Garrett Oliver (with photographs by Denton Tillman),
The Brewmaster's Table: Discovering the Pleasures of Real Beer with Real Food
(HarperCollins Publishers, 2003)
Garrett Oliver is the Brewmaster of the Brooklyn Brewery. His hefty tome is part brewing history, part culinary advice column, part travelogue and all useful information for anyone with an interest in (a) eating, (b) drinking, or (c) both. In other words, anyone whose health does not require absolute abstinence from alcohol in any form.
I greatly enjoyed the introduction with its overview of beer; what beer is, the basics of brewing, a view of beer and brewing through the ages and the setting forth of Oliver's basic premise, namely that for any meal one can find appropriate beer(s) to accompany the food. I also particularly enjoyed a number of chapters in the second section dealing with specific brewing traditions (e.g., Lambic, Wheat, British). The book is well written, informative and engaging. My one negative comment is that The Brewmaster's Table is at times a tad too earnest and dry for its own good.
The Brewmaster's Table is a shot across the bow of the firmly established notion that you need to select the right wine (and only wine) to dine fine. As Oliver points out, "...wine enthusiasts preface their selections with talk of 'tricky ingredients'. These tricksters include eggs, cheeses, smoked meats, smoked fish, tomatoes, ginger, curry, chocolate, avocados, garlic, vinaigrette dressings, spinach, artichokes, asparagus, cumin, and dozens of other tasty things." Finding a wine to compliment, say, a good chili (con carne or vegan, your choice) would be hopeless. A quick trip to the easy reference chart at the back of The Brewmaster's Table points you toward such beer choices as American pale ale, brown ale and IPA (India pale ale), Irish stout and smoked beers.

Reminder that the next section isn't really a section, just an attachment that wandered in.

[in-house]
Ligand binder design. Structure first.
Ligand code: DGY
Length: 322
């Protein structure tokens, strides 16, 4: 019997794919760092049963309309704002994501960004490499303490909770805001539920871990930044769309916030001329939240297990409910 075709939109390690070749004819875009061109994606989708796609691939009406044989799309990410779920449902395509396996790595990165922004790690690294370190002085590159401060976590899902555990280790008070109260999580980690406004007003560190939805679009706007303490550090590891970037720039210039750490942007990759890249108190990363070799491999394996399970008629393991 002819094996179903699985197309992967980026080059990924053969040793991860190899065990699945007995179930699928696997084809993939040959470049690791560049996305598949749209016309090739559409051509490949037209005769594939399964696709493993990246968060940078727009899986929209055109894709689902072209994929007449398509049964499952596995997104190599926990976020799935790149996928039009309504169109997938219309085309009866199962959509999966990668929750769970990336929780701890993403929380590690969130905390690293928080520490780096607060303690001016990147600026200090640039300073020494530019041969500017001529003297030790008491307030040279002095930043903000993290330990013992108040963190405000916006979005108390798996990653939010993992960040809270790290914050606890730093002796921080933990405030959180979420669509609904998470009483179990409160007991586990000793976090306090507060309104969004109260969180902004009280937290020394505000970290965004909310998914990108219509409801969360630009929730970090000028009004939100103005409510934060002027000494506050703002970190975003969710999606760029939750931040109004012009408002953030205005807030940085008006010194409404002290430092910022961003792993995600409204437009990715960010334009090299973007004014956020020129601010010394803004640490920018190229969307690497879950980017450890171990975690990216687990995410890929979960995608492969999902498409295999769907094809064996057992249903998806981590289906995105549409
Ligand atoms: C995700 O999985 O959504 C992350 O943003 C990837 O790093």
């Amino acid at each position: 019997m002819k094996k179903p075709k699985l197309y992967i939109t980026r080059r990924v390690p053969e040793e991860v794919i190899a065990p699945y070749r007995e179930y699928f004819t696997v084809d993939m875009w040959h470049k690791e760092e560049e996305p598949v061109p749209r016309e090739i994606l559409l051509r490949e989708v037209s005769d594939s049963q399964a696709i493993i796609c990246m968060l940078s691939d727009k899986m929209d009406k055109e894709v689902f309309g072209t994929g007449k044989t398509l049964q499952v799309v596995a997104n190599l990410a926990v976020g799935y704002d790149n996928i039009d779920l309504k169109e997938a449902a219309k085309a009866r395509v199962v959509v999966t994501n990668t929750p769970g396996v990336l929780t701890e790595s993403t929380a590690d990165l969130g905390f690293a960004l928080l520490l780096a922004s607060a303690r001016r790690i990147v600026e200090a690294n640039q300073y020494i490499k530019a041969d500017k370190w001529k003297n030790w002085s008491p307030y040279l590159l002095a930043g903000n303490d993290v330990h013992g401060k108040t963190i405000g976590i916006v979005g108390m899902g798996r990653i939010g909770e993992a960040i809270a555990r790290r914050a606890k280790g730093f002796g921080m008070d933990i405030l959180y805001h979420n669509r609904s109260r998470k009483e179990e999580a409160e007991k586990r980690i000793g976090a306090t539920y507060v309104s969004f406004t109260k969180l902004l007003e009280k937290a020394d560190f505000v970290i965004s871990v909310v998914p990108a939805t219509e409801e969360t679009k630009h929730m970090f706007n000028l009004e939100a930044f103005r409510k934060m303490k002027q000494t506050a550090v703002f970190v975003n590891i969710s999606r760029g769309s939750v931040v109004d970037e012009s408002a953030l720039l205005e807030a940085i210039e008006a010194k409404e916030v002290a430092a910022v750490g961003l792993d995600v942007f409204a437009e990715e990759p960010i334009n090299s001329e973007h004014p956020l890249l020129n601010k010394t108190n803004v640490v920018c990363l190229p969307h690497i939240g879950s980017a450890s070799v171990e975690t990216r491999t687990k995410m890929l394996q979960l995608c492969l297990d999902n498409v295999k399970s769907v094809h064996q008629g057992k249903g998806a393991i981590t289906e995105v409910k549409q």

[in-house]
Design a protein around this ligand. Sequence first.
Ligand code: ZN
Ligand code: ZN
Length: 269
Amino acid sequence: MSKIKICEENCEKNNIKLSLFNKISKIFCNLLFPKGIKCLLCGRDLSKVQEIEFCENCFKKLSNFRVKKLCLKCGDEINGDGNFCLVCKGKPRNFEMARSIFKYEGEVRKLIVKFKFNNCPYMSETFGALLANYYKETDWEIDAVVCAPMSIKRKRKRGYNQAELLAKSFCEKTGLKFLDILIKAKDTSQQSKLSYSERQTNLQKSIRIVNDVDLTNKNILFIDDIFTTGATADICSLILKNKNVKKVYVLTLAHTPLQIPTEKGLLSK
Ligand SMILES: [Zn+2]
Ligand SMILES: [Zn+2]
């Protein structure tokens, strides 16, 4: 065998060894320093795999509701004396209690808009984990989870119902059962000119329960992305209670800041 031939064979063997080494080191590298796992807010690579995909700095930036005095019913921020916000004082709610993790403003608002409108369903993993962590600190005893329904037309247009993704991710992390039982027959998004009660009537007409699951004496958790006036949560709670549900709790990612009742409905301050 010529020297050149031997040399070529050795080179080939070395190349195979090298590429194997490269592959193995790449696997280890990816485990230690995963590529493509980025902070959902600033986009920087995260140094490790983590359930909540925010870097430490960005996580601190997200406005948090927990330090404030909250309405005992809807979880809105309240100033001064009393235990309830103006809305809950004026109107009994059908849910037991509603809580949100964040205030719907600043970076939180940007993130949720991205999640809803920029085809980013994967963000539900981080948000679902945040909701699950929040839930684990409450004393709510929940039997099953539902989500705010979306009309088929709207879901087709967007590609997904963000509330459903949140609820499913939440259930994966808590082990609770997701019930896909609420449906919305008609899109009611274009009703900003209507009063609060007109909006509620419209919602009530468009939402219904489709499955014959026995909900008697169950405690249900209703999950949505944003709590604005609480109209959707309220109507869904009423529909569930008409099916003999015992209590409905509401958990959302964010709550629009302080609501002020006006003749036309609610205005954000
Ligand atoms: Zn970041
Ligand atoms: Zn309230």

An asthmatic, I have a very personal interest in this book. Wines can set off major breathing "incidents" for me, due to their sulfites. Some wines do, others don't, but the cost/benefit ratio for discovering which are safe to drink never made much sense to me. Especially when you can easily spend twenty dollars on an "everyday" bottle of wine and hundreds to impress others with your expertise. The Brewmaster's Table offers both a conceptual framework for having beer accompany fine dining and the linguistic flourishes to enable one to compete toe to toe with dedicated oenophiles. Here, for example, is how Oliver describes the beer produced by the Trappist monks of Abbey Notre-Dame d'Orval in his section on Belgian beers:
"The aromatics are wonderfully complex, an herbal blend of hops, sage, hay, flowers, damp earth, and saddle leather. On the palate the beer is stunningly dry, with an appetizing knifelike bitterness opening onto a fruity herbal center. Hops bring up the rear, and the finish is clean and snappy."Take that, you wine snobs with your talk of "bouquets filled with charming insouciance."
The Brewmaster's Table now occupies a convenient, easily reachable, spot among my cookbooks. With a wealth of craft brewers and brew pubs here in Maine, I thought myself something of a beer connoisseur, but Garrett Oliver has illuminated the wealth of brew making styles and traditions beyond the fundamentally British ales that predominate here (it is, after all, New England). The Brewmaster's Table challenged and inspired me to experiment more and get out of my rut. In fact, just last week I opened a bottle of Portland's own Allagash White, a Belgian style ale with a citrus tang and brisk dry palate, that nicely complimented a zesty sauteed chicken breast, new potatoes with basil and fresh steamed green beans. It probably won't supplant Fanny Farmer as the most often consulted culinary text I own, but The Brewmaster's Table won't gather much dust on the shelf. Hmmm, Geary's Autumn Ale just hit the shelves, I wonder if it would be the right beer to accompany the Thanksgiving turkey?